06 Oct Crowd Marches to Chevron Refinery in Support of Prop. 15
Supporters of Proposition 15 say holding companies such as Chevron to up-to-date property tax rates would bring needed funding to schools, streets and more. (Denis Perez-Bravo / The CC Pulse)
By Joel Umanzor Jr.
An estimated 80 people marched from George Carroll Park to the gates of the Chevron refinery Sept. 30 in support of Proposition 15.
Among the coalition who attended the event were the Alliance of Californians for Community Empowerment Action, the International Professional and Technical Engineers Local 21, United Teachers of Richmond and other unions representing various West County educators.
According to the California State Voter Guide, Prop. 15, also known as the Schools and Communities First Initiative, would increase taxes on commercial and industrial property based on the current market value of the land instead of the original purchasing price. Last year, a state fiscal analyst estimated that passing the ballot initiative would generate between approximately $8 billion and $12.5 billion in state revenue per year.
James Sanderson of ACCE said it’s past time to reexamine this corporate tax break, established in 1978 with the passage of Proposition 13, which allows large businesses such as Chevron to continue to pay 1970s level taxes.
Demonstrators picketed outside the refinery, calling for voters to close that loophole in November.
“Chevron hasn’t paid their taxes like they should since 1978. It’s 2020,” Sanderson said. “If they paid $20 million in taxes a year, the highways and streets would be repaired. The schools would be better because you would get a better education. We would have money to build a hospital in Richmond. So we need to find a way to get everyone who is voting to vote for Prop. 15.”
In the 2019-20 fiscal year, Chevron paid nearly $49 million in property taxes to Contra Costa County. That figure makes Chevron the top taxpayer in the county but accounts for less than 2% of the county’s total property tax revenue.
Opponents of Prop. 15 argue that a large property tax increase would likely be passed onto consumers in the form of higher prices. They also say the measure would be expensive to administer and would hurt small businesses already struggling during the pandemic.
The demonstration ended at the front gates of the refinery on Castro Street where various community members spoke about the need for Chevron to contribute to the community.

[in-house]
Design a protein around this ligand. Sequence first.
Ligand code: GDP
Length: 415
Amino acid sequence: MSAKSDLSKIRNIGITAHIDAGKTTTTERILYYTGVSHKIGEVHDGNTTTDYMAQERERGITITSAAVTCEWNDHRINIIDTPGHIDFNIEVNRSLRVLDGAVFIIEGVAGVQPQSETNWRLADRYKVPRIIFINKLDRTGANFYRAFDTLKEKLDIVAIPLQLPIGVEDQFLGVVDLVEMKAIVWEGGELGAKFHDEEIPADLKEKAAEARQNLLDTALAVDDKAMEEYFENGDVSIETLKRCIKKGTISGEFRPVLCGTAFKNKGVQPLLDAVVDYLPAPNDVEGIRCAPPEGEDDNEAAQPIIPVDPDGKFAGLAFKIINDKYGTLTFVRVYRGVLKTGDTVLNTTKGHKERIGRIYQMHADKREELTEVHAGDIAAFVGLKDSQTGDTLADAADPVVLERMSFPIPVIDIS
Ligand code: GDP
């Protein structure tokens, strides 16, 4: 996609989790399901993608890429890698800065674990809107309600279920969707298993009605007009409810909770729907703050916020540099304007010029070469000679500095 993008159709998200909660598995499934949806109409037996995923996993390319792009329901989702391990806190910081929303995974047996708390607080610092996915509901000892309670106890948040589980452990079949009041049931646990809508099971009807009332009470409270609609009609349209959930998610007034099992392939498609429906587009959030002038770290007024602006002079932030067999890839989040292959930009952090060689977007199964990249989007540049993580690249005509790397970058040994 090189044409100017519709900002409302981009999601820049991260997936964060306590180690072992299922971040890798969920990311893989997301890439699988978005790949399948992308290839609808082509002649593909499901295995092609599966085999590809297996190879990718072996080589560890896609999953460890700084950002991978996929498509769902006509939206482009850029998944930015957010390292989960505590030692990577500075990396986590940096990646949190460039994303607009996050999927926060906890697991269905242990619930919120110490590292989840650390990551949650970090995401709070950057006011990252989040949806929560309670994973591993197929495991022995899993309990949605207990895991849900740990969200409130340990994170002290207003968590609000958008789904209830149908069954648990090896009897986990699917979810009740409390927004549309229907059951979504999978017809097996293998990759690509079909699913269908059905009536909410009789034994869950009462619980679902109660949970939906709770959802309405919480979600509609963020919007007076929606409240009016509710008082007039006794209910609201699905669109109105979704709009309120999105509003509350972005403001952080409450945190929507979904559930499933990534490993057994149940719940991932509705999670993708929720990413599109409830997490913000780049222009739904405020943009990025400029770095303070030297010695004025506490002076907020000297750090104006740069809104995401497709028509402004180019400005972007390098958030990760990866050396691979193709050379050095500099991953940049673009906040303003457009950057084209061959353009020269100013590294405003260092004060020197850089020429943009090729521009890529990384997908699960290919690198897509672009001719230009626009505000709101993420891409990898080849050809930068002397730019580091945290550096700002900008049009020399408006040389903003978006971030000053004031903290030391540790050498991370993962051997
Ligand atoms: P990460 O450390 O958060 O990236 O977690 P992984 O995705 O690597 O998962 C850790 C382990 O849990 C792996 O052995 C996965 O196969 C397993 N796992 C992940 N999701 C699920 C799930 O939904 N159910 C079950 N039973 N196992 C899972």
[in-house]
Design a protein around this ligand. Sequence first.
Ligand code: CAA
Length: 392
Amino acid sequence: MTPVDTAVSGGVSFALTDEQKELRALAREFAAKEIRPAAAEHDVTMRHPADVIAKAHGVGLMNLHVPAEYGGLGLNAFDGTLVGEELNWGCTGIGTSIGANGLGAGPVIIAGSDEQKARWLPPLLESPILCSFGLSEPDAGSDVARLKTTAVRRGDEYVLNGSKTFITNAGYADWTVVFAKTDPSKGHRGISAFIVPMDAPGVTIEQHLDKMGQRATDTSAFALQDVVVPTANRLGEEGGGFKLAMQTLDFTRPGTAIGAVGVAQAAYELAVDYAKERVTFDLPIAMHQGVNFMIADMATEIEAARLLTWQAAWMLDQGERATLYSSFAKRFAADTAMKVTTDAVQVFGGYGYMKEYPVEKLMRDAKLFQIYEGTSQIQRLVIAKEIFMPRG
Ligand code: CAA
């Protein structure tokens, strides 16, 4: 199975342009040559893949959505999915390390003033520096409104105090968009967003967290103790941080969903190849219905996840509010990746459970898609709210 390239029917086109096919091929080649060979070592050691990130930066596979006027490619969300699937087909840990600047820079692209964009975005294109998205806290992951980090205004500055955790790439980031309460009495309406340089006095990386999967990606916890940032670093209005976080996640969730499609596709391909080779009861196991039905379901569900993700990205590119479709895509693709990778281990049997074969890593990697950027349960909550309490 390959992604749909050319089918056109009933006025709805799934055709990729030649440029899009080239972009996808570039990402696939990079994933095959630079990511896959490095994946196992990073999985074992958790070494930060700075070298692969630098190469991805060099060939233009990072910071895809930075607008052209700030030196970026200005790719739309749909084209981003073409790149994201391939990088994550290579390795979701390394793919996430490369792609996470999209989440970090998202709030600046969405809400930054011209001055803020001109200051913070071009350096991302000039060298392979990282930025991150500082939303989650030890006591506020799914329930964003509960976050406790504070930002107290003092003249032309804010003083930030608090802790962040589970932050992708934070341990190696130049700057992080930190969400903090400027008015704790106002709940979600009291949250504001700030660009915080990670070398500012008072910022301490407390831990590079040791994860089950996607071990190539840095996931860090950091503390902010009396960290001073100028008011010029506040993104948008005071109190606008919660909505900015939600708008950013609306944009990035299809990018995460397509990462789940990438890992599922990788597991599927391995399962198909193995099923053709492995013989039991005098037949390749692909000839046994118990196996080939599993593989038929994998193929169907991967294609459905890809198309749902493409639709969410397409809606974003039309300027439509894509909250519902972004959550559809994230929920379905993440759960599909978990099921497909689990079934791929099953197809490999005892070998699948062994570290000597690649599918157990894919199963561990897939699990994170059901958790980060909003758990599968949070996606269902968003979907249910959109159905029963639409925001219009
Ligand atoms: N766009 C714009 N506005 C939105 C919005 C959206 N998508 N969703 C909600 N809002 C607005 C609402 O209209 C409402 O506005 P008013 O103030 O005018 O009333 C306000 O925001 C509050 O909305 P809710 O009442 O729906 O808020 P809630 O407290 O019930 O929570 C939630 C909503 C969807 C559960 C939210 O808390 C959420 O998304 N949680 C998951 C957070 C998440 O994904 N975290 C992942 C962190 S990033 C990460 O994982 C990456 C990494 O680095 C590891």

Proponents of the amendment, such as 30-year-old educator and school board candidate Demetrio Gonzalez-Hoy of Richmond, agree that the bill would be crucial for much needed funding of California’s public schools.
“There are so many reasons why we need this funding,” said Gonzalez-Hoy, former president of United Teachers of Richmond. “This is going to bring about $18 million dollars to the West Contra Costa Unified School District. We just went through a $56 million dollar deficit for our schools and we had to cut some essential services for our kids. We had to increase class sizes. We had to cut grammar tutors who directly support newcomers and English language learners. We need this funding to bring all this back and we need more.”
Gonzalez-Hoy added that although California is the fifth largest economy in the world, it still ranks 41st in spending per person. But with the passing of Proposition 15, he says there would be an improvement in how much money is going to residents.
Francisco Ortiz, a teacher at Ford Elementary School in Richmond, reminded those in attendance of the negative impact Chevron makes on the community and reiterated Gonzalez-Hoy’s statement about the financial importance of Prop. 15 for West County schools.
“I’m also a product of this district and one thing I want to recall for anyone who is a student or a teacher here is that at 11 o’clock on Wednesday, what do we hear?” said Ortiz. “The 11 o’clock Wednesday alarm that lets us know there might be an explosion that might increase our asthma for all of our students in North Richmond and the rest of West Contra Costa. So we can no longer allow the Richmond refinery from Chevron to continue to not pay their taxes.”
Ortiz also directly correlated the passing of Prop. 13 in 1978 to the changing demographics of Californians and the reduced amount of spending on public education.
A report conducted by the Public Policy Institute of California in the late 1990s examined the “unintended consequences” of Prop. 13. One of which was a steady decline in educational spending that began in 1985, taking California from the national average educational spending to below the average.
City Council and ACCE Action member Melvin Willis, who is up for reelection, said the amount of tax money from the Richmond refinery would be a win for those who wish to see more financing for the community.
“People who become new business owners or new homeowners are forced to pay the tax rates of today and it’s just not only unfair, but it’s not enough to keep cities and counties in the state resourced for the services that are required for the public,” said Willis. “So closing this corporate loophole, there is an estimation, I keep hearing from multiple people, that $4 million dollars extra a year on property taxes if Prop. 15 would pass from this refinery alone.”